Riddle of the stripes on the satellite of Mars solved, and this satellite is waiting for an unenviable fate…

(ORDO NEWS) — Having unraveled the mystery of the “tiger stripes” on Marsmoon Phobos, scientists were horrified by what fate awaits him in the near, by cosmic standards, future.

Gravitational interactions between Mars and Phobos could cause these celestial bodies to collide in 100 million years, according to a new study.

And, perhaps, their rapprochement has already begun.

At least some of the mysterious parallel shallow grooves that cover the entire surface of Phobos may be the result of destruction as its orbit slowly decreases and tidal forces bring it ever closer to Mars.

When Phobos will collide with Mars

Phobos makes an orbit around Mars in just 7 hours 39 minutes – this satellite is quite close to the Red Planet, and approaches it at a speed of about 1.8 centimeters per year.

With such close proximity, it is absolutely possible that tidal forces could cause the surface on its 27 kilometers wide body to collapse.

The idea that the Phobos stripes are the result of such an interaction has also been previously considered and found to be plausible.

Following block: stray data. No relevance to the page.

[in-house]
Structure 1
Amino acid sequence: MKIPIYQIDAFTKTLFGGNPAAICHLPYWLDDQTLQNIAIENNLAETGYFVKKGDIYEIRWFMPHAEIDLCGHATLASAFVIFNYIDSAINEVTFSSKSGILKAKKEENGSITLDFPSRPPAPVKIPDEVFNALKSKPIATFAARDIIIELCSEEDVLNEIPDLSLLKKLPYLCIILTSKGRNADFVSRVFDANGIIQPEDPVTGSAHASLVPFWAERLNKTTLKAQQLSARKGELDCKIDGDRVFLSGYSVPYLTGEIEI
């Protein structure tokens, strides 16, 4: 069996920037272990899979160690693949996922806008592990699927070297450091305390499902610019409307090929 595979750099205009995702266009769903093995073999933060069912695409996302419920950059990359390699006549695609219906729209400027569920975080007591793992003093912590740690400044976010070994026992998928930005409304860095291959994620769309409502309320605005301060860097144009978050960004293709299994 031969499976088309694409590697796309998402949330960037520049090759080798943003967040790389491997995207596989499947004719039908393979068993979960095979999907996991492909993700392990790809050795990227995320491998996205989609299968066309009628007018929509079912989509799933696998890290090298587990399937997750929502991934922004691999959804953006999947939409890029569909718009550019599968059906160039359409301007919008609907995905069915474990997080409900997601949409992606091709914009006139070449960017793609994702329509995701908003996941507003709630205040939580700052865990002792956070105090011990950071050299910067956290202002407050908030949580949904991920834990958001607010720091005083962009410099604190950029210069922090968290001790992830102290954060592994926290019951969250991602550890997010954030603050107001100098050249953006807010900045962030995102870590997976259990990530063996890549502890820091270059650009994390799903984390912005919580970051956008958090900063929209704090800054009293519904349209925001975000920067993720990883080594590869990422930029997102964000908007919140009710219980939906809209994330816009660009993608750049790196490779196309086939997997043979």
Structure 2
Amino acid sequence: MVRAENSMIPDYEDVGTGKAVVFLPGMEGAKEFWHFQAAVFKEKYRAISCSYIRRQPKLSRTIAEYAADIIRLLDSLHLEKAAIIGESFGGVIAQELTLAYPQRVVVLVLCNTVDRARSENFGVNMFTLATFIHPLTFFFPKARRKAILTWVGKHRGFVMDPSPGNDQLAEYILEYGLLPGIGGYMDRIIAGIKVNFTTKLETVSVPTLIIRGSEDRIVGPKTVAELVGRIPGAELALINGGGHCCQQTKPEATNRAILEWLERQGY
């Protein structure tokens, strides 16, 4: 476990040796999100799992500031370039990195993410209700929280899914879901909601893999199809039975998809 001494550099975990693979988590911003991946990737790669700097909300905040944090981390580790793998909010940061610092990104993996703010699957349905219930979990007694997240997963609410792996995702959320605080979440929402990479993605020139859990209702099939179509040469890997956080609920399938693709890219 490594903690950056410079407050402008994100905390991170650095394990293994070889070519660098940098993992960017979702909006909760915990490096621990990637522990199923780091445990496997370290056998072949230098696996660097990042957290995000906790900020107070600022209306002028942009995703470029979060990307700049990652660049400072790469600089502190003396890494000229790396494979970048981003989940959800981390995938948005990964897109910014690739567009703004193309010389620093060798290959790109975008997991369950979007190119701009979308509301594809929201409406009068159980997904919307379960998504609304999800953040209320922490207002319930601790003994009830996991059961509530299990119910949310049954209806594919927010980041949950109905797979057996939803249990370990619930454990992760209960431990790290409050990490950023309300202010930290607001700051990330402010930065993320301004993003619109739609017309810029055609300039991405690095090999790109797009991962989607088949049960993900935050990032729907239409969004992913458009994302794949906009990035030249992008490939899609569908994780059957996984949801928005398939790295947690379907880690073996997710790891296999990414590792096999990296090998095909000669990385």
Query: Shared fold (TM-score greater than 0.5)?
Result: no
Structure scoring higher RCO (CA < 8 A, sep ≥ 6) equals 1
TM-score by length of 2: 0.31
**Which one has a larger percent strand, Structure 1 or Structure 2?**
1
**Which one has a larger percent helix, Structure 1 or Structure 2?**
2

However, it is not clear whether the current configuration and interaction of Phobos and Mars could cause the resulting bands to be observable, but no other plausible explanation has yet been found.

For example, a 2018 study suggested that the stripes could be the result of rolling boulders, but this hypothesis is unlikely to be realistic.

The authors of the new work carried out 3D mathematical modeling, which studied in detail the tidal expansion and compression of a layered body like Phobos, with a loose rubble surface.

The researchers ran hundreds of simulations using their model. In a significant number of these simulations, tidal forces caused the cohesive layer to crack and form parallel grooves, causing the top loose regolith to flow into the cracks below.

The result is a striated, striated surface, very similar to the regions seen on Phobos.

The team found that not all regions of Phobos matched the model. In particular, the grooves around the Moon‘s equator did not match the predictions.

But the results show that at least some of the bands could be caused by tidal disruption from the moon’s spiraling motion.

This would mean that we see the beginning of the end for Phobos, as it will eventually have to collide with the surface of Mars.

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